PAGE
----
A settlement ends the legal battle over the controversial IDS Playhouse Plaza, but a small group of state lawmakers wants to shut the public out of such fights entirely
By Jake Armstrong 03/31/2011
More than a year of legal wrangling over the impact the IDS Playhouse Plaza would have on the historic Playhouse District came to an end last week, with the developer and a citizens’ group that formed to fight the project inking a settlement agreement reducing its size.
Developer IDS Real Estate, the city of Pasadena and Pasadenans for a Livable City — which in October blocked the project’s environmental impact report in court after the City Council approved it, ignoring a recommendation that it be downsized — last Monday settled on a scaled-down project that shaves 14,500 square feet from the 160,000 initially planned with a design that should be more considerate to buildings in the historic area, chiefly the Pasadena Playhouse across the street.
Former City Councilman Sid Tyler, a founding member of Pasadenans for a Livable City, would not comment because the settlement agreement prohibits the parties from discussing the agreement outside of a carefully worded statement that announced the settlement last week. David Saeta, a senior vice president for Los Angeles-based IDS Real Estate, also could not comment.
Councilman Terry Tornek, who campaigned against the project and now represents the council district in which it sits, called the settlement an improvement, but said how well a new design will fit in the area is still unknown.
“What’s going to come of it is there will be a better project,” he said. “We still have to see what that project is going to look like. Clearly, it will be an improvement over what the council had approved originally.”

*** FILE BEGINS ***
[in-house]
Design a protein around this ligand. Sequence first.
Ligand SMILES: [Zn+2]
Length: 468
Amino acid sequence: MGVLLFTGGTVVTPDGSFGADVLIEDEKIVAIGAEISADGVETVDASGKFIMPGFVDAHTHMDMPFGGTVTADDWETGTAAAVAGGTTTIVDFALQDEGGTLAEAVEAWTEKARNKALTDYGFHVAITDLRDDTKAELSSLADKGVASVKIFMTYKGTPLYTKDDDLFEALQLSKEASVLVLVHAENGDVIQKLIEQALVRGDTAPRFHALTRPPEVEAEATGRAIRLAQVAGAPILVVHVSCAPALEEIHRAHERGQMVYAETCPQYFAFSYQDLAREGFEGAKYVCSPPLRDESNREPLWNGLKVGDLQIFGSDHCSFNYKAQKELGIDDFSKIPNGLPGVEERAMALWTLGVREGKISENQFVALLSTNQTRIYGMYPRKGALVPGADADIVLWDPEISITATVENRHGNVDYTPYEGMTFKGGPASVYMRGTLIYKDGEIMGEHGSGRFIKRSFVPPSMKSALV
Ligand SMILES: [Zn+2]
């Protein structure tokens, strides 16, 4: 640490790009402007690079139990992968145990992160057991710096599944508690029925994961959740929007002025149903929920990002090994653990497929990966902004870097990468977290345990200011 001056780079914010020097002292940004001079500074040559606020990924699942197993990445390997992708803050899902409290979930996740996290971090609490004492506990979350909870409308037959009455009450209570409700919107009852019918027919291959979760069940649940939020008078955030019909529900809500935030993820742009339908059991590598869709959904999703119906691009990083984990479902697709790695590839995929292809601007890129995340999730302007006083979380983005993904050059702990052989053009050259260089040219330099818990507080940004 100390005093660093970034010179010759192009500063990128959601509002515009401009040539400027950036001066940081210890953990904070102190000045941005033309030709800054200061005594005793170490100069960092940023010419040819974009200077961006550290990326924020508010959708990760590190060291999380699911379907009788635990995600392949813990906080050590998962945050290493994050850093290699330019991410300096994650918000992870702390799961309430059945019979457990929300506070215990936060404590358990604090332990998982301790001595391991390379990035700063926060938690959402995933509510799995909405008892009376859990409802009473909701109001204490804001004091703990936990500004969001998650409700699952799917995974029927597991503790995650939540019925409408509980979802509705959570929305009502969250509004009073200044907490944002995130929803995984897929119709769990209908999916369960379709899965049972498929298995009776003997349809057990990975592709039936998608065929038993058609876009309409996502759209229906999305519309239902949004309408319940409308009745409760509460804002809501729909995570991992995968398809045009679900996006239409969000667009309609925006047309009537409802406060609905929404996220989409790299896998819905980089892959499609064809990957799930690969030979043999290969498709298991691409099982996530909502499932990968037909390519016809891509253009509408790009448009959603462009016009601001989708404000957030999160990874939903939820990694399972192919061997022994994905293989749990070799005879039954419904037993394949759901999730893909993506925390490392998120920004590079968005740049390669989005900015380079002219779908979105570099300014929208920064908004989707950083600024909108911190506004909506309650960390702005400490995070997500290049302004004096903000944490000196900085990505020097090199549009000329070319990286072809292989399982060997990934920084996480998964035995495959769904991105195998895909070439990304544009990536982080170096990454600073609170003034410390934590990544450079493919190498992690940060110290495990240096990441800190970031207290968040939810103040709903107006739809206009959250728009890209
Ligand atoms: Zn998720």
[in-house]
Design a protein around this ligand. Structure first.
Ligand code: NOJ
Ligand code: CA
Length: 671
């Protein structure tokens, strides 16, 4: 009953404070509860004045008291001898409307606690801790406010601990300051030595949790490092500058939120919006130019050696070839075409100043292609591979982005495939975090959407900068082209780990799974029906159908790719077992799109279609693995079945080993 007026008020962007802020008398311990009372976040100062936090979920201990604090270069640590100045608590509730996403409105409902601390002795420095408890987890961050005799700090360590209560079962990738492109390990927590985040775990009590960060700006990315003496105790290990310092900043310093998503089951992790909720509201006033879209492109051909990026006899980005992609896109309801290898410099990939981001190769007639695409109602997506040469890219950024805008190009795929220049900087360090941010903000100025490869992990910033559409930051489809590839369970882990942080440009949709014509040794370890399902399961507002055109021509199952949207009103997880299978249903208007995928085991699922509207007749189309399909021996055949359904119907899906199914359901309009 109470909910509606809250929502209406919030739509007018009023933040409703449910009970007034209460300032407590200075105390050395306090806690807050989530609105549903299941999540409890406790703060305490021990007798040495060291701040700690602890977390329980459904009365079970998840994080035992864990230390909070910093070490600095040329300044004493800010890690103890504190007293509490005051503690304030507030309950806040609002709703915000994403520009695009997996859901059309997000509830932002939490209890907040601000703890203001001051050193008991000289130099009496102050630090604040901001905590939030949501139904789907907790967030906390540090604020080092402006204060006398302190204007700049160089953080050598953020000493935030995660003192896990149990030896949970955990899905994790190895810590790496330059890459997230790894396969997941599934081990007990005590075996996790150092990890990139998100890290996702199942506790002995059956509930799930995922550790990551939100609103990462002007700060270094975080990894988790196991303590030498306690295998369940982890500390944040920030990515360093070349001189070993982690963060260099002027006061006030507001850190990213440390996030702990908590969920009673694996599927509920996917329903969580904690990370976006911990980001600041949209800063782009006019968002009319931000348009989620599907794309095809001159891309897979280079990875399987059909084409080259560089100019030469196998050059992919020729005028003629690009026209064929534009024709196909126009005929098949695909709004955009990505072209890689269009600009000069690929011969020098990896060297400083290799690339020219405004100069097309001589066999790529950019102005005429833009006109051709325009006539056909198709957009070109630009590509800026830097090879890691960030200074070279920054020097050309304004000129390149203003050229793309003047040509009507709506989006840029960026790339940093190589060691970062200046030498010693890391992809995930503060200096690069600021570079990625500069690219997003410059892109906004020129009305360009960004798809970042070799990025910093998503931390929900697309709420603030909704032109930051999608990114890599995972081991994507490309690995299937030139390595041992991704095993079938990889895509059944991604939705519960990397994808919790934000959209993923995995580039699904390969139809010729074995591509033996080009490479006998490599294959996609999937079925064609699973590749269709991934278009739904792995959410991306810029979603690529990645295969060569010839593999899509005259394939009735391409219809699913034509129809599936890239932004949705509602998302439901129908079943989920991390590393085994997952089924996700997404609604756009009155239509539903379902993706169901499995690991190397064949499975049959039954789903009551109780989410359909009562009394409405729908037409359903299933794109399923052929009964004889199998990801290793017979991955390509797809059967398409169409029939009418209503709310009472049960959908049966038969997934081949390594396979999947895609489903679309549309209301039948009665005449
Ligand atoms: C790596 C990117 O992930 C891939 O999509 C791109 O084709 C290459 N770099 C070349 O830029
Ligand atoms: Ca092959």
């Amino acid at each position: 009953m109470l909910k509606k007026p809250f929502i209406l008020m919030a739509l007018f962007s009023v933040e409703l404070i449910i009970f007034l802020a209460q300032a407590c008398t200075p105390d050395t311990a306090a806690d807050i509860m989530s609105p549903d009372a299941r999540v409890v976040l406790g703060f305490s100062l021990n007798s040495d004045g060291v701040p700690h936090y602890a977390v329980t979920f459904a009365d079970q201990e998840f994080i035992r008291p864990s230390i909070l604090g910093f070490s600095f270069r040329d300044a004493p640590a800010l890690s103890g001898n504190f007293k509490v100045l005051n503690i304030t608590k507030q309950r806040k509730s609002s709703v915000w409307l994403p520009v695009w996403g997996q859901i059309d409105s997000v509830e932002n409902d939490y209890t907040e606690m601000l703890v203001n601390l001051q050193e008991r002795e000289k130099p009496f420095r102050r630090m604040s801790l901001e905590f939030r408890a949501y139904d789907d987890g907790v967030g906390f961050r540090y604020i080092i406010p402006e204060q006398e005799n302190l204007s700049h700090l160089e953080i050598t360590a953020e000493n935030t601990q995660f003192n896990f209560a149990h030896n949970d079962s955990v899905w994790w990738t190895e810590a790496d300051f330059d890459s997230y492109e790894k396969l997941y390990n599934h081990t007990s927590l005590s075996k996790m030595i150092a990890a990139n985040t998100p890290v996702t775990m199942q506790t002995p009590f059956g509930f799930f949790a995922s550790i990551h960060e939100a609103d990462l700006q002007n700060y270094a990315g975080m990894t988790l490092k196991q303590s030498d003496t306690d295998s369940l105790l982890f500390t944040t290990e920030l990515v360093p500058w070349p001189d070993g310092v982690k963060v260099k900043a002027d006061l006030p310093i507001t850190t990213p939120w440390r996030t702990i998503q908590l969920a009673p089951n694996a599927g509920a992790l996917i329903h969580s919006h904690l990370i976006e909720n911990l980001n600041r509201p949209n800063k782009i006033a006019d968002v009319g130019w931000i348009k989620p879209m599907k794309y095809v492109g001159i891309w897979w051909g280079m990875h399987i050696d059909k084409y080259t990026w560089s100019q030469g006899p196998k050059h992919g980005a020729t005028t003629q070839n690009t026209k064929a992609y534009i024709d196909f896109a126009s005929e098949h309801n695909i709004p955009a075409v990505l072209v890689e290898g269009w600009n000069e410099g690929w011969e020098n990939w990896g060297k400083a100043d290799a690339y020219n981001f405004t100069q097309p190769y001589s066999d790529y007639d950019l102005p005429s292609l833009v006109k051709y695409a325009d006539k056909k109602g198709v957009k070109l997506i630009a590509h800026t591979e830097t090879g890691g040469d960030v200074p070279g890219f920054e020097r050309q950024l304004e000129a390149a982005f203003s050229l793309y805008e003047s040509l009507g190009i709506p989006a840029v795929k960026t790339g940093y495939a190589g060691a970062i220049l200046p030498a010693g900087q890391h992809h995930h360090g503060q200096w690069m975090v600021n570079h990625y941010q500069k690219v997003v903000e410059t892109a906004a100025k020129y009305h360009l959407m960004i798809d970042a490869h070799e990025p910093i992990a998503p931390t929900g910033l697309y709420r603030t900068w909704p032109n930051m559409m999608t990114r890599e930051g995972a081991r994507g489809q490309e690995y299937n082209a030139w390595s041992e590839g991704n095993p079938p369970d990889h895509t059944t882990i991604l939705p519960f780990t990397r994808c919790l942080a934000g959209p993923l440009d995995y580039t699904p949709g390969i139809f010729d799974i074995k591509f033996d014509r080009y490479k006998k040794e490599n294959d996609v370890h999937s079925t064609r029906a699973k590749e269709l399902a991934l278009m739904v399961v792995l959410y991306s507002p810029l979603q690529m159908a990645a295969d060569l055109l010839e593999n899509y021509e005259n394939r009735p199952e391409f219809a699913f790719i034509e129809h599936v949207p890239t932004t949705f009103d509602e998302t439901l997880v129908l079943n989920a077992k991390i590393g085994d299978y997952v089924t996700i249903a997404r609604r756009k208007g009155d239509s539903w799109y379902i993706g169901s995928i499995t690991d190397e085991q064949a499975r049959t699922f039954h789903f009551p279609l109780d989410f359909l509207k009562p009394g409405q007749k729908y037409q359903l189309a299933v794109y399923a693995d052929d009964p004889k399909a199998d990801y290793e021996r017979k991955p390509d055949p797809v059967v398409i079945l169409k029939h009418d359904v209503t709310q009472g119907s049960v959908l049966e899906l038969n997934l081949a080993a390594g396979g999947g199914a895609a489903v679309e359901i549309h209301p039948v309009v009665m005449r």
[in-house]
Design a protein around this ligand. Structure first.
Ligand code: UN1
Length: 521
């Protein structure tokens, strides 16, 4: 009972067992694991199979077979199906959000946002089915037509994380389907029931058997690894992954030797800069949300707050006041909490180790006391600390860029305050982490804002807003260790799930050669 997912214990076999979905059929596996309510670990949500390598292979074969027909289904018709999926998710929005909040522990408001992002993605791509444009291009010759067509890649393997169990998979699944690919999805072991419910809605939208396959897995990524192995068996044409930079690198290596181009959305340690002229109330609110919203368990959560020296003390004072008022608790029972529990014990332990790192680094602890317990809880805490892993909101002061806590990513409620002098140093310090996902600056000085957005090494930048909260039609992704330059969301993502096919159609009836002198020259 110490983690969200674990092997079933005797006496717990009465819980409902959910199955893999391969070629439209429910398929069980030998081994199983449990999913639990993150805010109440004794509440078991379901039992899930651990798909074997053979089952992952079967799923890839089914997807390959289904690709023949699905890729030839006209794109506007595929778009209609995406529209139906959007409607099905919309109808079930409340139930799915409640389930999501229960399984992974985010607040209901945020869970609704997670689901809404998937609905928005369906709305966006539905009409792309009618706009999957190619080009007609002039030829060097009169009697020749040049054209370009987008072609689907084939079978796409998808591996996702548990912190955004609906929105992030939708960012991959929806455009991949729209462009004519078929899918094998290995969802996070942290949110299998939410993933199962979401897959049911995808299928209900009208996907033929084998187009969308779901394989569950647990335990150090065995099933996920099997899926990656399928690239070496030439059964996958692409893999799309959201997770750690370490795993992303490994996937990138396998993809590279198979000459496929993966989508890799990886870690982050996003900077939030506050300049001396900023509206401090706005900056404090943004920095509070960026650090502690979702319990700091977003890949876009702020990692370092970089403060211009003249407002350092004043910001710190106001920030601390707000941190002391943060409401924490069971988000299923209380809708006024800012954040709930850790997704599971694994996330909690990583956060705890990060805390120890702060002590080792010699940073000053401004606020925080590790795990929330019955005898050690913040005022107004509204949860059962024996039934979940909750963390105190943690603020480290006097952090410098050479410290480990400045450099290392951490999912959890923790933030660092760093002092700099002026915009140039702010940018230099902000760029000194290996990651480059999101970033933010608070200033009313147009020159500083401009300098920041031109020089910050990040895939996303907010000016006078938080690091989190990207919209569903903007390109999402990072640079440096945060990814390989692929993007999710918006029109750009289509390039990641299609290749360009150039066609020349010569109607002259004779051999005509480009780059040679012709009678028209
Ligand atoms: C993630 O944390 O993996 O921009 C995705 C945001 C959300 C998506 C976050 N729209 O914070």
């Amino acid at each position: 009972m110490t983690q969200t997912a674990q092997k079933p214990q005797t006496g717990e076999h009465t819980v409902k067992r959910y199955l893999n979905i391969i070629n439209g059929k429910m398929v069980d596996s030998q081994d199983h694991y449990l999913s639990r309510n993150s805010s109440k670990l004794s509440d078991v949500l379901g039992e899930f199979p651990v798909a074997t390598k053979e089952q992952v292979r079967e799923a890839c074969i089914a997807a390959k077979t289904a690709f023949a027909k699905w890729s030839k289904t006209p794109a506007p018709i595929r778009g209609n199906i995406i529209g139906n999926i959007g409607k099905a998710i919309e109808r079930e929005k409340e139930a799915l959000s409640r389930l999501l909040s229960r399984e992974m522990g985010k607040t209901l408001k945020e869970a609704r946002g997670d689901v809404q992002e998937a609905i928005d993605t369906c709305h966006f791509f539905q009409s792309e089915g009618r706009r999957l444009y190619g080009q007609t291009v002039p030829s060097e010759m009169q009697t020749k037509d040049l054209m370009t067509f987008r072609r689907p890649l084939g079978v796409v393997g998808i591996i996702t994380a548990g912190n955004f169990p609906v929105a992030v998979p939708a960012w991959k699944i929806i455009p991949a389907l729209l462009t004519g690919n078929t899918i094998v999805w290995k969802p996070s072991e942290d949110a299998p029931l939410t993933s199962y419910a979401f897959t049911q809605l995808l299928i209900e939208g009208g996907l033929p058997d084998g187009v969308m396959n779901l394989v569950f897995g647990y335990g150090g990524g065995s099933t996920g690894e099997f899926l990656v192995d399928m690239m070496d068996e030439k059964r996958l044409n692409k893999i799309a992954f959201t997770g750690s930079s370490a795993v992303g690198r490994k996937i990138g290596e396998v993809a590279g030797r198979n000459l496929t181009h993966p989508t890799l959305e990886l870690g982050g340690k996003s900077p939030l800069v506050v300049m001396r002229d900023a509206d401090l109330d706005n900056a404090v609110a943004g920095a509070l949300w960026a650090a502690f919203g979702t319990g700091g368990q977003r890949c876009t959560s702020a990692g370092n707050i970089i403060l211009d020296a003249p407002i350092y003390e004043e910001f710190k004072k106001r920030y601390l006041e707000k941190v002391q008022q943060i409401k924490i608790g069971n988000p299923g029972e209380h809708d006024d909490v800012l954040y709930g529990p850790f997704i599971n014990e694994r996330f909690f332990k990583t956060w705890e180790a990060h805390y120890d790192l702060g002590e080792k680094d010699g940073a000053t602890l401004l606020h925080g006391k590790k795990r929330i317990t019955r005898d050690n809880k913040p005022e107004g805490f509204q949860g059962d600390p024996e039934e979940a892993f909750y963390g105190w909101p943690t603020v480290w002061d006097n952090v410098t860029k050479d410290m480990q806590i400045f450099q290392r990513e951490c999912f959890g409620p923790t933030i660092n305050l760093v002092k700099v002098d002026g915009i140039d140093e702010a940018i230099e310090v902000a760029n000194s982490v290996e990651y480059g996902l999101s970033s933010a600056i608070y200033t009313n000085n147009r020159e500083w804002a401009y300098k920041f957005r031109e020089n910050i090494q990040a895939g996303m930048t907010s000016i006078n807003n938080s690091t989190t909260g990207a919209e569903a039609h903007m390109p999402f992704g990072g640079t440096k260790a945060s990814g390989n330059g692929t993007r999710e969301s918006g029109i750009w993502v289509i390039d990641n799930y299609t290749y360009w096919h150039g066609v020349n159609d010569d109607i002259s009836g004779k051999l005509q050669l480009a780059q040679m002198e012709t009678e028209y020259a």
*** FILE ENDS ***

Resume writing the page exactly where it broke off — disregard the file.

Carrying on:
But if a group of five Republicans in the California Senate gets its way in state budget negotiations, citizens’ groups like Pasadenans for a Livable City would be barred from fighting environmentally flawed projects in court entirely. Those lawmakers — the five GOP votes Gov. Jerry Brown needs to get his tax-extending budget proposal on the ballot — are demanding amendments to the California Environmental Quality Act that would prevent anyone but the state attorney general from challenging a project’s environmental impact report in court, according to a review from the state Legislative Analyst’s Office.
Tyler called the amendment ridiculous, saying CEQA exists in part to let the community challenge projects that squeak by with inadequate review of potential environmental impacts, and of the alternatives to lessen those impacts, as the CEQA process requires.
“The idea that there would be no redress through a local agency such as Pasadena and we would therefore have to go through the state is ridiculous,” he said. “It basically eviscerates a significant amount of protection that the people have now with CEQA.”
Tornek, who called the proposal “nuts,” said recent laws have already made it more difficult to file lawsuits simply to stall a project. He said environmental reviews help decision-makers identify and potentially mitigate the impacts a project may have, be it traffic, pollution or otherwise. “We may make a bad decision anyway, but at least it is an informed bad decision,” Tornek said.